As society has embraced new, more diverse standards of beauty, the beauty industry has followed suit, emerging from a cocoon of technological innovation as a flourishing butterfly that embraces women of all races, skin-tones, and body types. But the companies thriving in this new landscape aren’t the household names and corporate behemoths you might imagine. They’re upstarts who’ve put technology to work to personalize customer experiences and cater to under-served sectors of the marketplace. Let’s take a look at some instructive successes and failures to find a blueprint for success in 2019.
While new trends like serums, facial -sheet masks, and metallic tones drive over-all growth, the share prices of traditional industry leaders are absorbing punishing blows. Coty Inc., parent company of Cover Girl, has seen its share price drop 50% in the last year. Revlon has seen revenues and stock prices plummet as it struggles under the weight of billions in corporate debt. And other traditional powers in the industry are scrambling to acquire the independent and organic brands that are popular with millennials and online shoppers. Consumers are no longer content with one-size-fits-all products when it comes to make-up and skin-care, and this has allowed smaller, nimbler companies to seize the advantage. Augmented reality has been a game-changer, allowing online shoppers to “try on” products they wouldn’t be able to find at the local pharmacy or department store. Consumers are no longer satisfied with taking whatever industry leaders put in front of them, they want personalized products tailored to their desires and needs.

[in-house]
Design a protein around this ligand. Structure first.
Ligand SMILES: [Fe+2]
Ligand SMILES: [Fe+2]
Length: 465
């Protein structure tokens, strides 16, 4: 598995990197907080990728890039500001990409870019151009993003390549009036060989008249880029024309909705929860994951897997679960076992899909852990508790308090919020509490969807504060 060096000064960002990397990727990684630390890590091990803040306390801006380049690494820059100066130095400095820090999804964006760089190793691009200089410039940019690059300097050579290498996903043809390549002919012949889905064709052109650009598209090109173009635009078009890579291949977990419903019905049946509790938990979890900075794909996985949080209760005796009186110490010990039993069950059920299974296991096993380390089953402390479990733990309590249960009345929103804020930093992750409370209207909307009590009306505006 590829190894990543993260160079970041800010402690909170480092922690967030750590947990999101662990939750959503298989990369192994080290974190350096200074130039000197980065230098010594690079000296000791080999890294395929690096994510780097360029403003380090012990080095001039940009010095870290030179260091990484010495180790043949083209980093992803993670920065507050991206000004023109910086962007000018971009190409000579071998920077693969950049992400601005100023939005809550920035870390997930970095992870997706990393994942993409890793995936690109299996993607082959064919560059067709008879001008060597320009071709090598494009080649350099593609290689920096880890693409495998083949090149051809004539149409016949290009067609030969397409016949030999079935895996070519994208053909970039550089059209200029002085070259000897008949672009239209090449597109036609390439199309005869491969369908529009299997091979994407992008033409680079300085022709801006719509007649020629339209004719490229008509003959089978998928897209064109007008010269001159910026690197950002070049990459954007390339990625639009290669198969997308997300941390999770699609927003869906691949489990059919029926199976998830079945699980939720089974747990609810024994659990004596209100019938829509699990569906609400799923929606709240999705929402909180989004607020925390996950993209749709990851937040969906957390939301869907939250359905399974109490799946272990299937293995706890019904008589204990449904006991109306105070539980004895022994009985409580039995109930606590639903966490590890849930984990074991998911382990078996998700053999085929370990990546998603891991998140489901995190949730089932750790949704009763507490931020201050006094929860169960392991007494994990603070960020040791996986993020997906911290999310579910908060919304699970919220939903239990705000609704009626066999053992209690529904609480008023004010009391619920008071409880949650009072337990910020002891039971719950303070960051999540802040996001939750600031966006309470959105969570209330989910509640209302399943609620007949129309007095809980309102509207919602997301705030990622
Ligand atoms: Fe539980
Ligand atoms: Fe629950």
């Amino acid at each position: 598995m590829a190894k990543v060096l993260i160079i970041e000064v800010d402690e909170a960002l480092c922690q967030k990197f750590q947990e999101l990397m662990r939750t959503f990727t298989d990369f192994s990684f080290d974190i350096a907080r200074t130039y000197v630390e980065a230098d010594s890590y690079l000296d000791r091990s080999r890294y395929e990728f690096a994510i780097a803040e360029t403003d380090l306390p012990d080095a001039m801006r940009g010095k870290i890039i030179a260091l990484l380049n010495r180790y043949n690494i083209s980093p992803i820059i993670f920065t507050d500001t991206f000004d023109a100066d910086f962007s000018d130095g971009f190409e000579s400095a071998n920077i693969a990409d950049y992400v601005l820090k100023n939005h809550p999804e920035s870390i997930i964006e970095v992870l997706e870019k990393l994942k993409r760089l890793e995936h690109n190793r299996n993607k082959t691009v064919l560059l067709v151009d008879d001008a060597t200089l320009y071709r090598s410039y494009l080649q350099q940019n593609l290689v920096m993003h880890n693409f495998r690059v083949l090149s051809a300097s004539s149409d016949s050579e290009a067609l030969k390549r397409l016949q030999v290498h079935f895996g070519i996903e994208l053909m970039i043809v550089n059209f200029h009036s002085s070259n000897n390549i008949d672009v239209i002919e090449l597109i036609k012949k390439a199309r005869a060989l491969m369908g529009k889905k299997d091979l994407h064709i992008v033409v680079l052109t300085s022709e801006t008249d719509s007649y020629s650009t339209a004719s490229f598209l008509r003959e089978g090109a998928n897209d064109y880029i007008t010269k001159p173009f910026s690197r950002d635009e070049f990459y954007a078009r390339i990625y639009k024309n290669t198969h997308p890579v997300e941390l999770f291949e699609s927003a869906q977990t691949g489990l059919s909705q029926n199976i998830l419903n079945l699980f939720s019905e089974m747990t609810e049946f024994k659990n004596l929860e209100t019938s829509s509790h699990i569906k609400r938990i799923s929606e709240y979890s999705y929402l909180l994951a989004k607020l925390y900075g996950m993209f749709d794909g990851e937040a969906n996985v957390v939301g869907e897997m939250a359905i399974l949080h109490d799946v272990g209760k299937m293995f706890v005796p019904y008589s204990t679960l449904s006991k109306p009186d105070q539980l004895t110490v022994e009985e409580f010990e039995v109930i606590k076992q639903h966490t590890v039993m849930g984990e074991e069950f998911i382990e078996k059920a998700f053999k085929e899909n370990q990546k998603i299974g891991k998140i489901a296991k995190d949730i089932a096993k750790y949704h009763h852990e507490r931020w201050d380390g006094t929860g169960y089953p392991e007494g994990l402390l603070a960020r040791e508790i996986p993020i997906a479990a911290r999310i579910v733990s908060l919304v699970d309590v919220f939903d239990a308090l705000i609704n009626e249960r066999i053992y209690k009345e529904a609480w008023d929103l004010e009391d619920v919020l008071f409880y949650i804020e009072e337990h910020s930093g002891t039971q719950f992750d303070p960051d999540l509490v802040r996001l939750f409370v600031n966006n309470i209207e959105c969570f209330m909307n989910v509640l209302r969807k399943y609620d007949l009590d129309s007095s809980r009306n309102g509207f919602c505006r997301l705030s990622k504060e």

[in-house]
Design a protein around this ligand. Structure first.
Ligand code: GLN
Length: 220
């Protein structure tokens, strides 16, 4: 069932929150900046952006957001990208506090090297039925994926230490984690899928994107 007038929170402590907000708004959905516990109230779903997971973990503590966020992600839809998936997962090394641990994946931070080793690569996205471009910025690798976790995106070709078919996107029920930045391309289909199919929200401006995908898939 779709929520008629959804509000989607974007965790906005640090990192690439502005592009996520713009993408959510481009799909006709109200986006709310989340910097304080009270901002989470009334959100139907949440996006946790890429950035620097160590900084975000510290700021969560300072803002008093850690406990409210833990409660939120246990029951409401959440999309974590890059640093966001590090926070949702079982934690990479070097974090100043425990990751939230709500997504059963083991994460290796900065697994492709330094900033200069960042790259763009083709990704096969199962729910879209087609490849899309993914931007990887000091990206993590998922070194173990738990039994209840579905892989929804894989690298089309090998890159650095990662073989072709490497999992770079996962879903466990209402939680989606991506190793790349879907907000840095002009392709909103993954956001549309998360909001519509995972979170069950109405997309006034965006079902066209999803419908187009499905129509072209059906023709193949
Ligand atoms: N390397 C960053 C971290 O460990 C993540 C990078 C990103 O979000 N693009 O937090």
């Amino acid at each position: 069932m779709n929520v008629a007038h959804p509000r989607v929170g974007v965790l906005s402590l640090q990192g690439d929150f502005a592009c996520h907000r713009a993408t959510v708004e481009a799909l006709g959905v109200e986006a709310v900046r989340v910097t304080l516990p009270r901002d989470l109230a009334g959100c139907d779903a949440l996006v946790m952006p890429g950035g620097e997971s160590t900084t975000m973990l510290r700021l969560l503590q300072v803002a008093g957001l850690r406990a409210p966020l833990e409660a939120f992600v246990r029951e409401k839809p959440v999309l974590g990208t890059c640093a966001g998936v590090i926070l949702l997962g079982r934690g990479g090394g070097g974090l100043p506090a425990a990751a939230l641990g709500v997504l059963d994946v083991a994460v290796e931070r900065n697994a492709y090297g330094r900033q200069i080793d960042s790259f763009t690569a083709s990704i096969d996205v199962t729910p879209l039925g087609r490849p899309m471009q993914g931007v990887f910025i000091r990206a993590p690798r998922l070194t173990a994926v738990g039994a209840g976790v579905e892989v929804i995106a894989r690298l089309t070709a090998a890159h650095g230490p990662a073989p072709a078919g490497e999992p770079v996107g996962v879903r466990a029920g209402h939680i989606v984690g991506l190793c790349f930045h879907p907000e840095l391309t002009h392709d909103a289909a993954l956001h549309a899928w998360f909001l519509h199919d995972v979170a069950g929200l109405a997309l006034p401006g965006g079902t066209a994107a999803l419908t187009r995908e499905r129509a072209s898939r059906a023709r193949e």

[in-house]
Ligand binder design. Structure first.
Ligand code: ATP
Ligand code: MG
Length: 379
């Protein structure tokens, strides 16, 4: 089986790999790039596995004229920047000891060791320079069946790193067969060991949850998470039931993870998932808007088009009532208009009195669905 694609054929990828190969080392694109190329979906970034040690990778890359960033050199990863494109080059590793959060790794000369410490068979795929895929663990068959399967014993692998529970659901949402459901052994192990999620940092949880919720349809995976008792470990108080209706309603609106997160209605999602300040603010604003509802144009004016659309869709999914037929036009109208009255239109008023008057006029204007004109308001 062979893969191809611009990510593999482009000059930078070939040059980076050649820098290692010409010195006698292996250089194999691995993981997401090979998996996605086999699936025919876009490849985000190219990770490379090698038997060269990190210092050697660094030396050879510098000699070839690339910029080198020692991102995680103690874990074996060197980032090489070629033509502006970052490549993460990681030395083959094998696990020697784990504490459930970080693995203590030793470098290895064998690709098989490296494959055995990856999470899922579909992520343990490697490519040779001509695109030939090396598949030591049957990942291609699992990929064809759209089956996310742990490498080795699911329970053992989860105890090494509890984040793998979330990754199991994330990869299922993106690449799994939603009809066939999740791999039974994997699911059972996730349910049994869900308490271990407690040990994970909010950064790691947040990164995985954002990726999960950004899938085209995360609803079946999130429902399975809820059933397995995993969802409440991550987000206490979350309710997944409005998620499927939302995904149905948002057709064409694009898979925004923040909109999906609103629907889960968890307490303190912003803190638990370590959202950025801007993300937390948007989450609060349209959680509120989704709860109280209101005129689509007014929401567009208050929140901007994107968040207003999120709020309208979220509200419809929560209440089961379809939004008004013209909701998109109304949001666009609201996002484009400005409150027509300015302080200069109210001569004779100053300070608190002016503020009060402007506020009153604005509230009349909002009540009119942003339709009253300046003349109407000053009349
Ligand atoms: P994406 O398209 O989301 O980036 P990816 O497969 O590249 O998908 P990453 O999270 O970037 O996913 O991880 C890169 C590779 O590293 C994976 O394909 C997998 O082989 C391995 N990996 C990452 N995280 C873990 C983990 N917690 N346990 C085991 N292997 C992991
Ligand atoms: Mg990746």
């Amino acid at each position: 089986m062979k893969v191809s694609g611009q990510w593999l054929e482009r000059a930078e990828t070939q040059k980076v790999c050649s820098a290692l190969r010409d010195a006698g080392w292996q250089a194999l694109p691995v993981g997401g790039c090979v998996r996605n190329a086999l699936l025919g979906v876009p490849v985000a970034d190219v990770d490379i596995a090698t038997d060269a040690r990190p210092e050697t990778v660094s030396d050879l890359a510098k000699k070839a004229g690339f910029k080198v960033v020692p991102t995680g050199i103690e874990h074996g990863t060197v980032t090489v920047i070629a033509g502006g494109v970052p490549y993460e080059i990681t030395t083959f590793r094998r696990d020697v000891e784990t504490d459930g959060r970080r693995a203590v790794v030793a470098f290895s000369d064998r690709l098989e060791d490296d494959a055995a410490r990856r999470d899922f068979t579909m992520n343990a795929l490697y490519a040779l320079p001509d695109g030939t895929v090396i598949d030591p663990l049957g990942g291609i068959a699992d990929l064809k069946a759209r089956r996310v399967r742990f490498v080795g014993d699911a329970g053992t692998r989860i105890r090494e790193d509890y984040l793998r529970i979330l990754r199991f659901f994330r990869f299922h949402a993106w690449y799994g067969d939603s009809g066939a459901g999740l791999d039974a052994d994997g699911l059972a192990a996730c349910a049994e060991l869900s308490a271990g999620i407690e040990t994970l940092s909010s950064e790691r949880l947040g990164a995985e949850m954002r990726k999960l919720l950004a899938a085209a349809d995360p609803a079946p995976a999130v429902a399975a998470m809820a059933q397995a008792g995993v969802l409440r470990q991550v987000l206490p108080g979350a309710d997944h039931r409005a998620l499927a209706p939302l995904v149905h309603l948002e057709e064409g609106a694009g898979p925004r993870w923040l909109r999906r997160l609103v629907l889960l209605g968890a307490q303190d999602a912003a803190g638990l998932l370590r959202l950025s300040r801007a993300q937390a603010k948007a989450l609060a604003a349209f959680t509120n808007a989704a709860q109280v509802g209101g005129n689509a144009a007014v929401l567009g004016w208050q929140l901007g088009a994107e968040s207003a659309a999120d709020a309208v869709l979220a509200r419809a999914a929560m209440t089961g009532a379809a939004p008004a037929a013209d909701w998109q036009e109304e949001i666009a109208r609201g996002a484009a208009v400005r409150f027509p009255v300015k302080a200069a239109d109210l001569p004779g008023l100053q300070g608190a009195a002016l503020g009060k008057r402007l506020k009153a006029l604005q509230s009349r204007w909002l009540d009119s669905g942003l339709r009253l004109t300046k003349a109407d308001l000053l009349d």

Sephora has been touted as a success story in eCommerce for at least 5 years now. Eschewing the top-down model that most luxury brands use to create demand, Sephora has embraced the idea of letting clients define beauty and start trends, embracing the slogan “Let’s Beauty Together” as a fundamental principle of marketing strategy and corporate philosophy. Sephora views relationships with consumers as a two-way conversation and has been active and engaging on all of the main social media channels. They’ve also embraced technology and AI, using augmented reality to enable customers to “try on” lipstick and eyelashes via their app, while partnering with Dynamic Yield, a big-data analytics leader recently purchased by McDonald’s for a super-sized price of $300 million US. They’ve used the data analytics firm’s technology to personalize customer experiences, streamline searches and transactions, and integrate online and in-store experiences.
Meanwhile, the massive success of upstart brands launched by Instagram-savvy celebrities such as Rihanna and Kylie Jenner have inspired thousands of new companies and product lines. They’ve also shifted the locus of power from brands to consumers. This has highlighted the need for diversity and responsiveness to consumer desires in an industry that used to tell its customers what they wanted. As one woman said of the way things used to be done “I've had makeup sellers say, 'Oh, you don't need foundation. You're perfect the way you are,' because they didn't carry any foundations that matched.” But the stars being born in the beauty industry feel that it’s time to let the old ways die.